The market for WordPress plug-ins has recently seen considerable consolidation. And even if you’re not close to the business side, it’s likely that some of these movements will affect you.

For example recent sales the wildly popular Advanced Custom Fields extension is a pretty big deal. The free version of the plug-in is active on over a million websites. And this does not apply even to those who use the commercial “PRO” version. It spent 10 years on a project by solo developer Elliot Condon. Now it’s in the hands of the Delicious Brains team.

Other extensions that change ownership are AnnaWP, Cadence Blocks and Kanban for WordPress. Then there was controversial go where WP User Avatar was purchased and converted into a completely different extension. We could go on, but you get the idea – there’s been a lot of movement.

What does this activity say about the status of WordPress and its future? Here are a few thoughts on what it all means. At least from this user’s perspective.

The WordPress ecosystem is maturing

WordPress has been in use since 2003 and has grown dominate supermarket. During its rise, many developers jumped into the surrounding ecosystem by releasing extensions.

In some cases, these extensions were a hobby or a intended way to go back to an open source project. Others viewed the expansion trend strictly as a business opportunity. Despite the intention, the door was open to anyone with the idea.

Along the way, the growth of WordPress brought with it an explosive use case. From simple blogging software, it became a full-fledged content management system (CMS). WordPress is now as likely to dominate a large corporate site as a mom and pop company.

This has completely changed the game for many plugin writers. User expectations are high. Stability and new features are important for success. Not to mention that we need to keep up with the massive changes to the WordPress kernel.

Frankly, it is becoming much more difficult for sole proprietors or small development companies to manage a popular expansion. Supporting a large user base while focusing on the future can become overwhelming.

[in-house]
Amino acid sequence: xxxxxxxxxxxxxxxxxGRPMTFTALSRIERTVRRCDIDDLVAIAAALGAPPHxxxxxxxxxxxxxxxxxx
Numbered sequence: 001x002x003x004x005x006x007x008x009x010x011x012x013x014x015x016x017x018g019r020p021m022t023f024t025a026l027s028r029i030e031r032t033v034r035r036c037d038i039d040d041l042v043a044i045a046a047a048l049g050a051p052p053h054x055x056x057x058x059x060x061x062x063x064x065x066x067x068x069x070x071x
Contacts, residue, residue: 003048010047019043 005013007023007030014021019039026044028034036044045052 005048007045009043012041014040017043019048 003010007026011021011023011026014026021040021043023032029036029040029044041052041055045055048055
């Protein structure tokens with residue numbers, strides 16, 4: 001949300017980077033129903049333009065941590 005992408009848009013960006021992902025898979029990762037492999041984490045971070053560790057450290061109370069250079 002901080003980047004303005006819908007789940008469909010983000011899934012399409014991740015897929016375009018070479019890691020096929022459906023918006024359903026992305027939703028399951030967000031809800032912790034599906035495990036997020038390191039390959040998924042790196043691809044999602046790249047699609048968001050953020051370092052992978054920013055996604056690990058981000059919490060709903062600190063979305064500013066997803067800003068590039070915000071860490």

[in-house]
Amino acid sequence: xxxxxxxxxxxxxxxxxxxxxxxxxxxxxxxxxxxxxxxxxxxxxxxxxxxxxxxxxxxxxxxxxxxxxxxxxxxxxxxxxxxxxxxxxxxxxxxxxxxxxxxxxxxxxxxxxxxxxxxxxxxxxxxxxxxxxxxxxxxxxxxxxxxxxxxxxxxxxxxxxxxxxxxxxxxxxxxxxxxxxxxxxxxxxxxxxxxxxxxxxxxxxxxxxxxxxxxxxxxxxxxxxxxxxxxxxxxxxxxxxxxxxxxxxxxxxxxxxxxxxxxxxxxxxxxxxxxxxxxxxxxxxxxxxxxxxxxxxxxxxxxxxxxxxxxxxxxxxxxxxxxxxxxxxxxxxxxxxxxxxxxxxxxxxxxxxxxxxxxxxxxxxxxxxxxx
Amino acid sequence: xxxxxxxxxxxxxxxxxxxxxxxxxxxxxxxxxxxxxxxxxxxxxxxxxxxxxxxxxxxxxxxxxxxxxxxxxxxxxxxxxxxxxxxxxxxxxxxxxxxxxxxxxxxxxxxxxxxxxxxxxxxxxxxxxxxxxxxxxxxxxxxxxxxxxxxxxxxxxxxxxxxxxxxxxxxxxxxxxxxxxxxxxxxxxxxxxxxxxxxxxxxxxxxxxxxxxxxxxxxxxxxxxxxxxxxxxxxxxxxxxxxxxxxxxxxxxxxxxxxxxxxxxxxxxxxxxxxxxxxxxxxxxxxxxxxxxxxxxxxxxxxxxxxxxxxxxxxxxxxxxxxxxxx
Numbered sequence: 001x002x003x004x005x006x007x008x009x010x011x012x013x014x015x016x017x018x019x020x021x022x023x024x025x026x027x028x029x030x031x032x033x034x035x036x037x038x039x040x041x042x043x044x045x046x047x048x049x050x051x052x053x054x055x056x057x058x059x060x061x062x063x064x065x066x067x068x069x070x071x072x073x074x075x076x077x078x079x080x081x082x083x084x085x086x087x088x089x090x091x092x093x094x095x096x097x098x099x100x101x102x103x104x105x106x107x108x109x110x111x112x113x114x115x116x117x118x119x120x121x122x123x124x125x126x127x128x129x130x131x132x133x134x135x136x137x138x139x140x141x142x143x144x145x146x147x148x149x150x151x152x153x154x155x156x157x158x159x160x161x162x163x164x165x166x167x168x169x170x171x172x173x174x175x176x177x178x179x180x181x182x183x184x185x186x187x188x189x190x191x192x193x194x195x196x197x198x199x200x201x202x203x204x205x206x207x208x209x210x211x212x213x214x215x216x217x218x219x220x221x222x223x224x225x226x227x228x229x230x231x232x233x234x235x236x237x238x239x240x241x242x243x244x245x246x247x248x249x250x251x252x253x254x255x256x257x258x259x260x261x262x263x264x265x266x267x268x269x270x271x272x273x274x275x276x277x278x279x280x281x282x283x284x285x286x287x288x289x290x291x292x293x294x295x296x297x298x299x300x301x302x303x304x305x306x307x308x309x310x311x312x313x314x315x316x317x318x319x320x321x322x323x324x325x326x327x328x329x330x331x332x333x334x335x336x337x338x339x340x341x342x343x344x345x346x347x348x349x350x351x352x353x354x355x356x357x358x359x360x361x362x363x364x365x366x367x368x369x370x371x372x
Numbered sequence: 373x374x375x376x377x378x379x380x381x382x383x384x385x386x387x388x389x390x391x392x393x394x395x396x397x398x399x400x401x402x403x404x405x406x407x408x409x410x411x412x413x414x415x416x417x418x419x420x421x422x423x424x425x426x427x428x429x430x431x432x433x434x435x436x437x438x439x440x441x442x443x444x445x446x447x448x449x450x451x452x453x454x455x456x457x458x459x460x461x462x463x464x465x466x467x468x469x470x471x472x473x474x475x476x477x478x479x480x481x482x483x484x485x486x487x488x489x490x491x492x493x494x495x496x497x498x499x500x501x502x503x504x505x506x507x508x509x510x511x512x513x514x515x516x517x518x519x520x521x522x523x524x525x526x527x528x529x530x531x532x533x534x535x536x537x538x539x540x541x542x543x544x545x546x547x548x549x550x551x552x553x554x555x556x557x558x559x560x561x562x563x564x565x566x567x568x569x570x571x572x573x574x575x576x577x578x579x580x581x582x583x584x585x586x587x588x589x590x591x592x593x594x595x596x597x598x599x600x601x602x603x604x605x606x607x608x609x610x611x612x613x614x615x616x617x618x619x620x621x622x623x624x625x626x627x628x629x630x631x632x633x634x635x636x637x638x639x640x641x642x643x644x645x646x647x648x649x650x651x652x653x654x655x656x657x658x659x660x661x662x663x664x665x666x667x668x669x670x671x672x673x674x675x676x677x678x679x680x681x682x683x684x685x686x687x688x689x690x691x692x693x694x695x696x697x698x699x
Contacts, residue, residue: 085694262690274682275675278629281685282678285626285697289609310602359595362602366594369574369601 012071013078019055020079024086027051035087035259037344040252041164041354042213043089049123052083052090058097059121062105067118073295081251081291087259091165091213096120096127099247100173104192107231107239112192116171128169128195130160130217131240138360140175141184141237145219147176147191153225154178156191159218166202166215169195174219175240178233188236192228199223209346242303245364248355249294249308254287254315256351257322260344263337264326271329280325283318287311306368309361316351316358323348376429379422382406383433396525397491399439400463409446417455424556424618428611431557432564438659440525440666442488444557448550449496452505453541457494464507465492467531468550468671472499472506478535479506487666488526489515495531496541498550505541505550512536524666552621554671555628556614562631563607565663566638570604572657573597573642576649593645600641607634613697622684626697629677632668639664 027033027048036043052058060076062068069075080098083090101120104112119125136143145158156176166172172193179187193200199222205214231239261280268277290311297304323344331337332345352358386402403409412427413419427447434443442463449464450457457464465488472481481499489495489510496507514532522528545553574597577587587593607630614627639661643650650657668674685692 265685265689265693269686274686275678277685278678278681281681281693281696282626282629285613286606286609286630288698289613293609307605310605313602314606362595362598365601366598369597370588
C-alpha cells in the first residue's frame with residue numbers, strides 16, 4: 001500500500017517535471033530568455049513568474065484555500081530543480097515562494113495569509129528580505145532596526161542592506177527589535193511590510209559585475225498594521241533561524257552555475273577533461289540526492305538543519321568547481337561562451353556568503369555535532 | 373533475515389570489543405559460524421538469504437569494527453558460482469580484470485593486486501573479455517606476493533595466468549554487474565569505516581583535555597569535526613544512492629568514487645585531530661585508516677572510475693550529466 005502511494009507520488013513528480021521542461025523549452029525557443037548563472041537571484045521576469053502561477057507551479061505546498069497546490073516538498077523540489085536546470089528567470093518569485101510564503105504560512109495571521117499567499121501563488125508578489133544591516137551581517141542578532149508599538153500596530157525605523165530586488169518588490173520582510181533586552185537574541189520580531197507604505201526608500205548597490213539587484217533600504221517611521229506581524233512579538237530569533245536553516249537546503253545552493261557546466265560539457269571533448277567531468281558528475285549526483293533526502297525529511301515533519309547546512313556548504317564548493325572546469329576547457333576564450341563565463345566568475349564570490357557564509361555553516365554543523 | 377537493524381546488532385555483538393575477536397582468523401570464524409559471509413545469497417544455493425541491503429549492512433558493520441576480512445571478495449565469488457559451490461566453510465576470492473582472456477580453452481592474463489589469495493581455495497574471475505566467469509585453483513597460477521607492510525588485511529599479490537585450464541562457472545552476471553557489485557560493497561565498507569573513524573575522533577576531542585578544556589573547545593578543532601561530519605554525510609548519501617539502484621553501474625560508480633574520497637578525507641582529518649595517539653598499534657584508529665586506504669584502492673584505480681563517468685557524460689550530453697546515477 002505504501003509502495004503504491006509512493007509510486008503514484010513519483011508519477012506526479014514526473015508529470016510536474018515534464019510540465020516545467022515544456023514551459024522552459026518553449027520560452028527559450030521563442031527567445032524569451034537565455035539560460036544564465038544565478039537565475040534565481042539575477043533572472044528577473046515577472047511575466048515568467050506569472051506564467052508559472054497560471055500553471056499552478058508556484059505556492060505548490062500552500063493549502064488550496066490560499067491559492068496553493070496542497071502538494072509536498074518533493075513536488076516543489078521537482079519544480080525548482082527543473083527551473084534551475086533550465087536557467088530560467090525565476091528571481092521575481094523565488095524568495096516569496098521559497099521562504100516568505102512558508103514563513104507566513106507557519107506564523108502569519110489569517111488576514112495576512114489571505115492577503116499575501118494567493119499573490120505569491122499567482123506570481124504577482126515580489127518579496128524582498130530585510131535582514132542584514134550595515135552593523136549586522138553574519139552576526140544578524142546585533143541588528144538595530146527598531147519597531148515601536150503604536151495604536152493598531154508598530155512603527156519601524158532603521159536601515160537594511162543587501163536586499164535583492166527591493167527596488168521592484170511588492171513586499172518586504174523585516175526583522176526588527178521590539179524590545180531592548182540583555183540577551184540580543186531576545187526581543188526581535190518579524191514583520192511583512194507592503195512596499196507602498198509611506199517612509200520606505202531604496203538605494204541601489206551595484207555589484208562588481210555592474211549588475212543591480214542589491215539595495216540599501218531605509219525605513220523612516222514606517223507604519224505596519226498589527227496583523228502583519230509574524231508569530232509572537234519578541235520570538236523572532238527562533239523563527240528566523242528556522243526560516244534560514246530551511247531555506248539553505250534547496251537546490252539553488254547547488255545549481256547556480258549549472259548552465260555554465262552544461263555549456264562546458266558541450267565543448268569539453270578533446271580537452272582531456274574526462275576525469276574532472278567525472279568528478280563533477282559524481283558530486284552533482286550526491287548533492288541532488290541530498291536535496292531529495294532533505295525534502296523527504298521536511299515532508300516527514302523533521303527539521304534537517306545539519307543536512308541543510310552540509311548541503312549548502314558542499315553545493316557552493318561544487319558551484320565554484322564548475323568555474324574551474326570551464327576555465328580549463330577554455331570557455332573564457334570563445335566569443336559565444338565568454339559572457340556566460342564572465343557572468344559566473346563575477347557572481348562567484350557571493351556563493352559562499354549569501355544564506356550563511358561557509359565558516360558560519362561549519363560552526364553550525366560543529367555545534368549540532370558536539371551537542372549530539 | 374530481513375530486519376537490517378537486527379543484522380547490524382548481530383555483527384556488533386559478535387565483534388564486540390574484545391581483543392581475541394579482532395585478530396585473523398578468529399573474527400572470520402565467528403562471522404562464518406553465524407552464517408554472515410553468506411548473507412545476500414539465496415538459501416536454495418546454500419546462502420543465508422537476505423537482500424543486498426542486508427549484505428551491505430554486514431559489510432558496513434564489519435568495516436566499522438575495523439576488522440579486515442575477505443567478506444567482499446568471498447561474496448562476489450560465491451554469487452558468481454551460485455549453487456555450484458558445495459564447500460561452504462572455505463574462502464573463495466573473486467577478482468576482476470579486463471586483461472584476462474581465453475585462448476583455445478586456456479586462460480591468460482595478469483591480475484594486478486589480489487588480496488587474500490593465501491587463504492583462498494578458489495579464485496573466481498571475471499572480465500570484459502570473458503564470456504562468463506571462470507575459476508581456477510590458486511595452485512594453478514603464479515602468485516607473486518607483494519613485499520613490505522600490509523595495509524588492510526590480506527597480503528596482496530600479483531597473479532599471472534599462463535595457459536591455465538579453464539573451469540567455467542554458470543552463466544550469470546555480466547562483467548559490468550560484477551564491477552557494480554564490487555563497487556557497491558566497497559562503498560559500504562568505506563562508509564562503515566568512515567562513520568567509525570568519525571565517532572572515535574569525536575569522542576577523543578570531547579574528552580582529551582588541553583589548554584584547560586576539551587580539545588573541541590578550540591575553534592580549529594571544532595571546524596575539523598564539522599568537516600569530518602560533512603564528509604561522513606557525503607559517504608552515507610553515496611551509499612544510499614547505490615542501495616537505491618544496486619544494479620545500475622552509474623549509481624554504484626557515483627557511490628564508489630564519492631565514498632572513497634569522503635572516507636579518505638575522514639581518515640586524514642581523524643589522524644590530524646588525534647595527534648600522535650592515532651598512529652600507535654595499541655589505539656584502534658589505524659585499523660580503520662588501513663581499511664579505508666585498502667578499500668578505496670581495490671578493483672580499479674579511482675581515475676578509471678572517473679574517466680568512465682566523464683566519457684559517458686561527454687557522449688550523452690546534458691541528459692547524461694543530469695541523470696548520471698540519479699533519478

It is therefore not surprising to see that some of these products are sold to larger companies. We saw something similar happen to ISPs back in the early 2000s. The more mature the market, the more difficult it has been for a small business to accomplish its mission. Pretty soon the interests of the companies bought them almost all.

While this may not fully reflect the case in this case, it does at least seem to point in the direction.

For better or worse, large developers hold more influence

It makes sense that the more popular extensions a developer acquires, the more users they will have access to. This offers companies plenty of opportunities to sell premium products and collect user data.

A company like Automattic, owned by WordPress founder Matt Mullenweg, already had an advantage in this area. They hummed along by doing a Jetpack extension for everything to do, among other things. But their 2015 acquisition WooCommerce added to their cache only.

The amount of product movement we see seems to allow more companies to join the party. It will take some time. But there may come a day when a typical Business site uses extensions from perhaps just a few large development houses.

This may cause some concern for some observers. When Google, Facebook, and Amazon like their weight around, ideas arise with something similar to WordPress. A few big players simply set the rules for everyone else.

However, there is reason to believe that things will not become quite dystopian. WordPress is, after all open source application. Anyone with the ability and desire to build an extension can still do so. Gaining attraction can only be more difficult.

Two people watching a computer.

The pros and cons of stabilization

Mergers will always be part of the business. For WordPress, both themes and plug-ins continue to change ownership for a number of reasons. That is something we should be used to now.

But as some of the more commonly used extensions are bought and sold, we see more than just a software exchange. The whole ecosystem can change with these movements.

On the other hand, user confidence and stability can be increased (theoretically) when a private entrepreneur sells multiple companies. Web designers and website owners don’t have to worry so much about the extension becoming extinct.

New ownership often means more resources to maintain, support, and expand the software. This can be a great thing for the WordPress community.

A potential downside is that consolidation does WordPress do what it has traditionally done in other industries. This means that a few large players are plundering huge amounts of market share while everyone else is hunting for scrap. The fear is that competition will shrink and that we may become too dependent on a small number of developers for most of the site’s operations.

We hope that the right balance can be achieved. In the long run, it is in everyone’s interests for the WordPress ecosystem to be diverse, stable, and affordable. It keeps CMS and the surrounding community thriving and sustainable.

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